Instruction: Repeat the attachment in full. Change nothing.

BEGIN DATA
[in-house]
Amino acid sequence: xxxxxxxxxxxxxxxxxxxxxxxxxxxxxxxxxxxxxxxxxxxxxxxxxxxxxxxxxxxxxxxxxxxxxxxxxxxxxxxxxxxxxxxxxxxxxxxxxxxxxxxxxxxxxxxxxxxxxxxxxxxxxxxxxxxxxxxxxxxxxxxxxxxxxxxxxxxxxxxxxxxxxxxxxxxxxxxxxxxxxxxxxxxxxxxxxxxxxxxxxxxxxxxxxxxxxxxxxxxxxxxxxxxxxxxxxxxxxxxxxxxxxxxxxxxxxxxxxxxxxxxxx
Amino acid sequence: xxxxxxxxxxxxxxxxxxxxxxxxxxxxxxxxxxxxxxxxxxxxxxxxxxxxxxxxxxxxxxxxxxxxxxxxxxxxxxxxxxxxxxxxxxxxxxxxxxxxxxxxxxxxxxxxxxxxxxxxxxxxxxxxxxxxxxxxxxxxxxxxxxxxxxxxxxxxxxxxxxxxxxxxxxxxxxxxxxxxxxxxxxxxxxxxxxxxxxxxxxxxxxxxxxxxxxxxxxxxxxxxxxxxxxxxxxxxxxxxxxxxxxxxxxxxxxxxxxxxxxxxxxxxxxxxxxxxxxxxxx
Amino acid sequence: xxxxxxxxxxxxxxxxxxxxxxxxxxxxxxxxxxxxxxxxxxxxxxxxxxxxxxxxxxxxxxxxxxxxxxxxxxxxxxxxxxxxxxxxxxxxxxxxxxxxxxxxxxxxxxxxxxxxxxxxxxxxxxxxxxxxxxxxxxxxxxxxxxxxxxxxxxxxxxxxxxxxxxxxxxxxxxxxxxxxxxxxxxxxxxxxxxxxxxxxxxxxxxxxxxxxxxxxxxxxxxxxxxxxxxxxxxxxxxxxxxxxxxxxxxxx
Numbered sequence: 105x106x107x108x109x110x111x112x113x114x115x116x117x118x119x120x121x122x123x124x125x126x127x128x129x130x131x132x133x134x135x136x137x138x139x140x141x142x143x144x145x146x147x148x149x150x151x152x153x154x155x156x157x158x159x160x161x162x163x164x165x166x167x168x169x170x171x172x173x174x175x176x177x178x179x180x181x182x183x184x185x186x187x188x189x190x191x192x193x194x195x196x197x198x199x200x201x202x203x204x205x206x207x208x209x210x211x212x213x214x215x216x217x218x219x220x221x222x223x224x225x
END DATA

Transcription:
[in-house]
Amino acid sequence: xxxxxxxxxxxxxxxxxxxxxxxxxxxxxxxxxxxxxxxxxxxxxxxxxxxxxxxxxxxxxxxxxxxxxxxxxxxxxxxxxxxxxxxxxxxxxxxxxxxxxxxxxxxxxxxxxxxxxxxxxxxxxxxxxxxxxxxxxxxxxxxxxxxxxxxxxxxxxxxxxxxxxxxxxxxxxxxxxxxxxxxxxxxxxxxxxxxxxxxxxxxxxxxxxxxxxxxxxxxxxxxxxxxxxxxxxxxxxxxxxxxxxxxxxxxxxxxxxxxxxxxxx
Amino acid sequence: xxxxxxxxxxxxxxxxxxxxxxxxxxxxxxxxxxxxxxxxxxxxxxxxxxxxxxxxxxxxxxxxxxxxxxxxxxxxxxxxxxxxxxxxxxxxxxxxxxxxxxxxxxxxxxxxxxxxxxxxxxxxxxxxxxxxxxxxxxxxxxxxxxxxxxxxxxxxxxxxxxxxxxxxxxxxxxxxxxxxxxxxxxxxxxxxxxxxxxxxxxxxxxxxxxxxxxxxxxxxxxxxxxxxxxxxxxxxxxxxxxxxxxxxxxxxxxxxxxxxxxxxxxxxxxxxxxxxxxxxxx
Amino acid sequence: xxxxxxxxxxxxxxxxxxxxxxxxxxxxxxxxxxxxxxxxxxxxxxxxxxxxxxxxxxxxxxxxxxxxxxxxxxxxxxxxxxxxxxxxxxxxxxxxxxxxxxxxxxxxxxxxxxxxxxxxxxxxxxxxxxxxxxxxxxxxxxxxxxxxxxxxxxxxxxxxxxxxxxxxxxxxxxxxxxxxxxxxxxxxxxxxxxxxxxxxxxxxxxxxxxxxxxxxxxxxxxxxxxxxxxxxxxxxxxxxxxxxxxxxxxxx
Numbered sequence: 105x106x107x108x109x110x111x112x113x114x115x116x117x118x119x120x121x122x123x124x125x126x127x128x129x130x131x132x133x134x135x136x137x138x139x140x141x142x143x144x145x146x147x148x149x150x151x152x153x154x155x156x157x158x159x160x161x162x163x164x165x166x167x168x169x170x171x172x173x174x175x176x177x178x179x180x181x182x183x184x185x186x187x188x189x190x191x192x193x194x195x196x197x198x199x200x201x202x203x204x205x206x207x208x209x210x211x212x213x214x215x216x217x218x219x220x221x222x223x224x225x